The Apostle Paul wrote to the early Christian community in Thessalonica the following words.

“We urge you, sisters and brothers, to warn the idlers, cheer up the fainthearted, support the weak, be patient with everyone. Make sure no one repays one evil with another. Always seek what is good for each other, and for all the people. Rejoice always and pray constantly and give thanks in all circumstances…” 1 Thessalonians 5:16-18

We have a need to pray.  Paul says – “Pray constantly.” I tried to “pray constantly” and frankly it was daunting.   I thought my best praying happened on retreats or those days that I managed to spend hours praying, isolated with God reading singing and praying.  Today, I understand the reason why we pray differently.

How should we make meaning of prayer? I believe Jesus showed us by modeling for us our interconnectedness, as individuals in relationship with God, other and creation. We best understand the role prayer plays in a community of caring.  Not long ago I talked about Facebook as a community of caring where it has become common place to ask or to offer prayer.   I am convinced a face to face community of caring, a healthy church, allows people to engage in ways that Facebook falls short.  In the prayer Jesus taught us he says,” Thy will be done on earth as it is in heaven.  When one thinks of heaven, one would describe it as a place where there is no more pain or tears, everyone knows love and peace and experiences a deep sense of belonging minus hunger, dis-ease, oppression and injustice.  To pray, we are inviting God’s will in heaven to become goodness experiences here on earth.  In its purest form, prayer opens our hearts to God’s eternal presence which interconnects all living things in a spirit of oneness.

John Shelby Spong’s 2001 book, A New Christianity for a New World he writes:

He said: “My actions, my engagement with people, the facing of concrete issues – these became for me the real time of prayer. Prayer came to be identified with my living, my loving, my being, my meeting, my confronting, my struggles for justice, my desire to be an agent of transformation…If prayer is the act of engaging God and if God is the source of life, then my prayer time became my time of engaging life.”

Now here is Spong’s definition of prayer which I now claim for myself.  “Prayer is the way I live, love, struggle and dare to be.” I would add, “We pray for ourselves and each other because of our deep sense of belonging to God and others beckons us.”

Prayer invites us to be awake and aware within and without. The act of prayer is how we become agents of transformation of life, love and being.  Spong says, “For the God I see in Jesus of Nazareth, is revealed in the personhood of everyone. This God is present in the love of everyone. This God is encountered in the being of everyone…This God calls me constantly to be the incarnation of God’s love. I do this…to free the life present in every person, to increase the love available to every person, and to celebrate the being of every person. It is in those actions that I discern the very presence of divine footprints and know that God has been in this place before me and sometimes because of me.”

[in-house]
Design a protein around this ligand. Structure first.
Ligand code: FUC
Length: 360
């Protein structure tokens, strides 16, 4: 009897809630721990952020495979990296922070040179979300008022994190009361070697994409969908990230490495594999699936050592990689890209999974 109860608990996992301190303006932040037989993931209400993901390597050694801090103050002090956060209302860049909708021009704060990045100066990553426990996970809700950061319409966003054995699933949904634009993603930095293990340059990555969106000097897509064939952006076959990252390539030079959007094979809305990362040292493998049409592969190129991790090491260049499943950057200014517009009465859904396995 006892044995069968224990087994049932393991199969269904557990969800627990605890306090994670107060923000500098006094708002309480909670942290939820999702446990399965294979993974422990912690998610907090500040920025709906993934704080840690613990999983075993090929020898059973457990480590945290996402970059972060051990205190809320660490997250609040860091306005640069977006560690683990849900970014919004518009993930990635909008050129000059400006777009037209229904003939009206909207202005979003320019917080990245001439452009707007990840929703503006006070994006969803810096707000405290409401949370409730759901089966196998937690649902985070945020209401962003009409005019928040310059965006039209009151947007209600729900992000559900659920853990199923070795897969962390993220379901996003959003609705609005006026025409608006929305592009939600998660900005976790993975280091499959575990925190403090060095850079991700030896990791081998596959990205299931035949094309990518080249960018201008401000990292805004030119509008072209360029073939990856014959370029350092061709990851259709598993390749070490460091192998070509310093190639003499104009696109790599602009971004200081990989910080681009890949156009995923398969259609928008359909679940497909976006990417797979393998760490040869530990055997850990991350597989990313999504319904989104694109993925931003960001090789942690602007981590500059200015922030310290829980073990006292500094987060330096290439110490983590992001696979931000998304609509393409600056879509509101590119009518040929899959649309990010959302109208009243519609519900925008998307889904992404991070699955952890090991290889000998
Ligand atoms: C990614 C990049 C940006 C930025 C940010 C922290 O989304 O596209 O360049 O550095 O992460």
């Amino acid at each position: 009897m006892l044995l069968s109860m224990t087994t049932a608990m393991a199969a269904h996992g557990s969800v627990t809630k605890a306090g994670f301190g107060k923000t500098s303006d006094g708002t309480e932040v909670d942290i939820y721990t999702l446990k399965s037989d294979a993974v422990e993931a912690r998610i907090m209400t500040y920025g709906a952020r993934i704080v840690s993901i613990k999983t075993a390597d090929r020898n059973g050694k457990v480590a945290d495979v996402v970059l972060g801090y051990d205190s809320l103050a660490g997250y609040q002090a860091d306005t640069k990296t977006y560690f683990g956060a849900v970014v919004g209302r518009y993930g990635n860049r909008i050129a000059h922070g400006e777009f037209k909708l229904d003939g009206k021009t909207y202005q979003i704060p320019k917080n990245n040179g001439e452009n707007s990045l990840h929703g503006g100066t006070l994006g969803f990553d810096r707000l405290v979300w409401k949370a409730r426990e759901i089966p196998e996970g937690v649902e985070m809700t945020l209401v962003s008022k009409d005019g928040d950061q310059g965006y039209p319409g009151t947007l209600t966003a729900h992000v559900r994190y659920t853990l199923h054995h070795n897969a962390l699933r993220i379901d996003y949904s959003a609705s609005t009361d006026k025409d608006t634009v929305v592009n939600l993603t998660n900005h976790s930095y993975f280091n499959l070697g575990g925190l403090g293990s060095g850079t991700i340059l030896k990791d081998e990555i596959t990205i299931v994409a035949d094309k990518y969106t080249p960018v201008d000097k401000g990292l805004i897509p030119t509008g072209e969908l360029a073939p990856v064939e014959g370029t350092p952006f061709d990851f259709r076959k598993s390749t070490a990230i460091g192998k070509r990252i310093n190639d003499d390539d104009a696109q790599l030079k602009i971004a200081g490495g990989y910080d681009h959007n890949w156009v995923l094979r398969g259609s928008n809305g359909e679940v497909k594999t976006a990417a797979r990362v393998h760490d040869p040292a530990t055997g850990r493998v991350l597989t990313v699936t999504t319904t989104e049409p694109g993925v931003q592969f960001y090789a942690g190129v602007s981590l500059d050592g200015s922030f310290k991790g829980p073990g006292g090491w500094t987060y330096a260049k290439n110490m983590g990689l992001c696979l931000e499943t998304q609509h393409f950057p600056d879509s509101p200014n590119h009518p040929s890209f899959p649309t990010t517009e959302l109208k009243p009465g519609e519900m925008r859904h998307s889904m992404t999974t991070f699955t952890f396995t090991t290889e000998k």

Prayer then is much more asking and answers.  When we pray we engage in “LOVE” who is God! Rumi said, “We must get out of the circle of time into the circle of LOVE.”  Prayer does just that!  Out of love comes compassion, empathy, a need for justice and peace which opens doors for action. It is written in Scripture: “let us not love in words and speech but in deeds and truth. (1 john: 3:18) The truest form of prayer then is in our actions not just the words that we speak.   In many cases praying is the only way we can respond to life and being.  Prayer is our ability to respond which reveals itself as our “response-ability”.

We make our whole life a prayer when greeting the day awake and aware that “God has been in this place before me and sometimes because of me.” This new understanding allows us to be alert and responsive.  We matter in the big scheme of our interconnectedness with people moving through their day. Prayer allows us to engage in the chaos and creativity of life. Whether encountering  disease, oppression and injustice or the beauty found at the birth of a child, the blooming of a rose, a rainbow after a storm,  all things  help us experience life providing  opportunities to rejoice, pray and give thanks.


Phoenix-Rising-UCC-Open-and-Affirming_gratitudeGod’s greatest desire is for all to know their belovedness and to experience the unveiling of “ME”.   “The “me” you and I are meant to be”. Many go through life thinking if they do enough or are successful enough they will find happiness. Then there are others who go through life wanting and trying to be like someone else never unveiling their “ME” they were meant to be.   How does one know that they are the “ME” they are meant to be?   It begins with gratitude, the key virtue of self-discovery and happiness. For many it takes adversity to challenge us to ask the questions, “Who am I and why am I here?”  This shifting thought can lead us on a quest where we encounter and embrace gratitude.

The people I meet who are self-assured seem to embody gratitude.  Often in their life story they have faced adversity, trials and tribulations.  They will tell you it is in those places they encounter God and truths about themselves that transform them and how they see themselves and the world around them. For a season they suffered as the lens they looked through was distorted and splintered: they could only see what was missing, what was lacking, what seemed impossible.     The common thread that lifted them was gratitude.  Many express it, like the line in the song Amazing Grace, “I once was lost but now am found, twas blind but now I see.” Gratitude allows us to become awake and aware of the abundant life that make us who we are.  Gratitude encourages us to witness the wonderful things within and without.  Gratitude opens our hearts to see the good when good is hard to find.   Gratitude invokes thankfulness and an appreciation for who we are and others. Gratitude is a wonderful stress manager and can counteract depression.   Gratitude feeds faith, hope and love.